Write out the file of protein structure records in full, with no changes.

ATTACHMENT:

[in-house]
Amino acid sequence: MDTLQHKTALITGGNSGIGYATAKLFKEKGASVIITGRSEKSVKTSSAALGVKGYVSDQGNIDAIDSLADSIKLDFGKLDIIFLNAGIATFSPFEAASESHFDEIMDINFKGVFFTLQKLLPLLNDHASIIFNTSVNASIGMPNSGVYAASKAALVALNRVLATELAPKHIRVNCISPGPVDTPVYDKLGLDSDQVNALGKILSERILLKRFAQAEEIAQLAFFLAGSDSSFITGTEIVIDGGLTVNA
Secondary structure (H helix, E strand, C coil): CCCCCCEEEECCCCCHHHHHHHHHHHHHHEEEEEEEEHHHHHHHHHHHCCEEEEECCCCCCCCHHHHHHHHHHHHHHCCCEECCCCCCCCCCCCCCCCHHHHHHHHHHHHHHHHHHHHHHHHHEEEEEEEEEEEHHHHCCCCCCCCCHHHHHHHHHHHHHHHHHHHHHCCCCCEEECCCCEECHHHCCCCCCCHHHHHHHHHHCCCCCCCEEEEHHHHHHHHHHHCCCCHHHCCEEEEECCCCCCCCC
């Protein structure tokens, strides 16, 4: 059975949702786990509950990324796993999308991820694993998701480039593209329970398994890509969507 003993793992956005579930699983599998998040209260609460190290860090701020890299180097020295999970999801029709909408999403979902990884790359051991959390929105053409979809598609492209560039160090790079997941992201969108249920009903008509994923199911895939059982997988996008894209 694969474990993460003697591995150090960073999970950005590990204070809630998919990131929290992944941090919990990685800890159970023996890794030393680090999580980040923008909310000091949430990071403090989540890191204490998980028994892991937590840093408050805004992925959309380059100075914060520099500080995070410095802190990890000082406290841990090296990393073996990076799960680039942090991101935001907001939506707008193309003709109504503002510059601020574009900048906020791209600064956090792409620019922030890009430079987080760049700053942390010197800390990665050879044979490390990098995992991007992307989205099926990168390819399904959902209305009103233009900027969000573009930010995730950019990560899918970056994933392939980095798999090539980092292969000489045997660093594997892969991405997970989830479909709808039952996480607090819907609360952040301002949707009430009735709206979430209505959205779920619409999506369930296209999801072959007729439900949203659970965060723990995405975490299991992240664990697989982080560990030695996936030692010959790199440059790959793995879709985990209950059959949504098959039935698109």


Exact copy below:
[in-house]
Amino acid sequence: MDTLQHKTALITGGNSGIGYATAKLFKEKGASVIITGRSEKSVKTSSAALGVKGYVSDQGNIDAIDSLADSIKLDFGKLDIIFLNAGIATFSPFEAASESHFDEIMDINFKGVFFTLQKLLPLLNDHASIIFNTSVNASIGMPNSGVYAASKAALVALNRVLATELAPKHIRVNCISPGPVDTPVYDKLGLDSDQVNALGKILSERILLKRFAQAEEIAQLAFFLAGSDSSFITGTEIVIDGGLTVNA
Secondary structure (H helix, E strand, C coil): CCCCCCEEEECCCCCHHHHHHHHHHHHHHEEEEEEEEHHHHHHHHHHHCCEEEEECCCCCCCCHHHHHHHHHHHHHHCCCEECCCCCCCCCCCCCCCCHHHHHHHHHHHHHHHHHHHHHHHHHEEEEEEEEEEEHHHHCCCCCCCCCHHHHHHHHHHHHHHHHHHHHHCCCCCEEECCCCEECHHHCCCCCCCHHHHHHHHHHCCCCCCCEEEEHHHHHHHHHHHCCCCHHHCCEEEEECCCCCCCCC
């Protein structure tokens, strides 16, 4: 059975949702786990509950990324796993999308991820694993998701480039593209329970398994890509969507 003993793992956005579930699983599998998040209260609460190290860090701020890299180097020295999970999801029709909408999403979902990884790359051991959390929105053409979809598609492209560039160090790079997941992201969108249920009903008509994923199911895939059982997988996008894209 694969474990993460003697591995150090960073999970950005590990204070809630998919990131929290992944941090919990990685800890159970023996890794030393680090999580980040923008909310000091949430990071403090989540890191204490998980028994892991937590840093408050805004992925959309380059100075914060520099500080995070410095802190990890000082406290841990090296990393073996990076799960680039942090991101935001907001939506707008193309003709109504503002510059601020574009900048906020791209600064956090792409620019922030890009430079987080760049700053942390010197800390990665050879044979490390990098995992991007992307989205099926990168390819399904959902209305009103233009900027969000573009930010995730950019990560899918970056994933392939980095798999090539980092292969000489045997660093594997892969991405997970989830479909709808039952996480607090819907609360952040301002949707009430009735709206979430209505959205779920619409999506369930296209999801072959007729439900949203659970965060723990995405975490299991992240664990697989982080560990030695996936030692010959790199440059790959793995879709985990209950059959949504098959039935698109």